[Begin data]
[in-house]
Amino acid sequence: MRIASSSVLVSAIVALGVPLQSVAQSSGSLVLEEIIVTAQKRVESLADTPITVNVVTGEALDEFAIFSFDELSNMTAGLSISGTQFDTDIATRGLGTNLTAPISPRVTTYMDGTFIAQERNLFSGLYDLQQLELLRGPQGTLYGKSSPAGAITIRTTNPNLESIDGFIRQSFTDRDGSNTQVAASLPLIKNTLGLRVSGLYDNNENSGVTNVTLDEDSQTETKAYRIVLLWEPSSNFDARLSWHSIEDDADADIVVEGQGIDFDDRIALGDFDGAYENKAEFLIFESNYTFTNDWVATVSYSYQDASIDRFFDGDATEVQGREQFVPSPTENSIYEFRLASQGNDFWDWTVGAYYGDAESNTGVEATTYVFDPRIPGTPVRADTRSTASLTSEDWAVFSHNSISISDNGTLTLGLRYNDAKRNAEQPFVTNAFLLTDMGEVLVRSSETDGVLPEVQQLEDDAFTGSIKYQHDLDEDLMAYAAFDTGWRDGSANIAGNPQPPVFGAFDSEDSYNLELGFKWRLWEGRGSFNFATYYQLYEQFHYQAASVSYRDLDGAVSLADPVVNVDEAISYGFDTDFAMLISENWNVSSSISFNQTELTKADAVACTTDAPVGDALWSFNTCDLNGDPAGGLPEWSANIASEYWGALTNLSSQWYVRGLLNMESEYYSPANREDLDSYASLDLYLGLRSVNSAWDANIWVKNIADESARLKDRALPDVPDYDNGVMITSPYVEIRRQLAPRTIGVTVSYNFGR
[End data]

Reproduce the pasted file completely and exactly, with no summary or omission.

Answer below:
[in-house]
Amino acid sequence: MRIASSSVLVSAIVALGVPLQSVAQSSGSLVLEEIIVTAQKRVESLADTPITVNVVTGEALDEFAIFSFDELSNMTAGLSISGTQFDTDIATRGLGTNLTAPISPRVTTYMDGTFIAQERNLFSGLYDLQQLELLRGPQGTLYGKSSPAGAITIRTTNPNLESIDGFIRQSFTDRDGSNTQVAASLPLIKNTLGLRVSGLYDNNENSGVTNVTLDEDSQTETKAYRIVLLWEPSSNFDARLSWHSIEDDADADIVVEGQGIDFDDRIALGDFDGAYENKAEFLIFESNYTFTNDWVATVSYSYQDASIDRFFDGDATEVQGREQFVPSPTENSIYEFRLASQGNDFWDWTVGAYYGDAESNTGVEATTYVFDPRIPGTPVRADTRSTASLTSEDWAVFSHNSISISDNGTLTLGLRYNDAKRNAEQPFVTNAFLLTDMGEVLVRSSETDGVLPEVQQLEDDAFTGSIKYQHDLDEDLMAYAAFDTGWRDGSANIAGNPQPPVFGAFDSEDSYNLELGFKWRLWEGRGSFNFATYYQLYEQFHYQAASVSYRDLDGAVSLADPVVNVDEAISYGFDTDFAMLISENWNVSSSISFNQTELTKADAVACTTDAPVGDALWSFNTCDLNGDPAGGLPEWSANIASEYWGALTNLSSQWYVRGLLNMESEYYSPANREDLDSYASLDLYLGLRSVNSAWDANIWVKNIADESARLKDRALPDVPDYDNGVMITSPYVEIRRQLAPRTIGVTVSYNFGR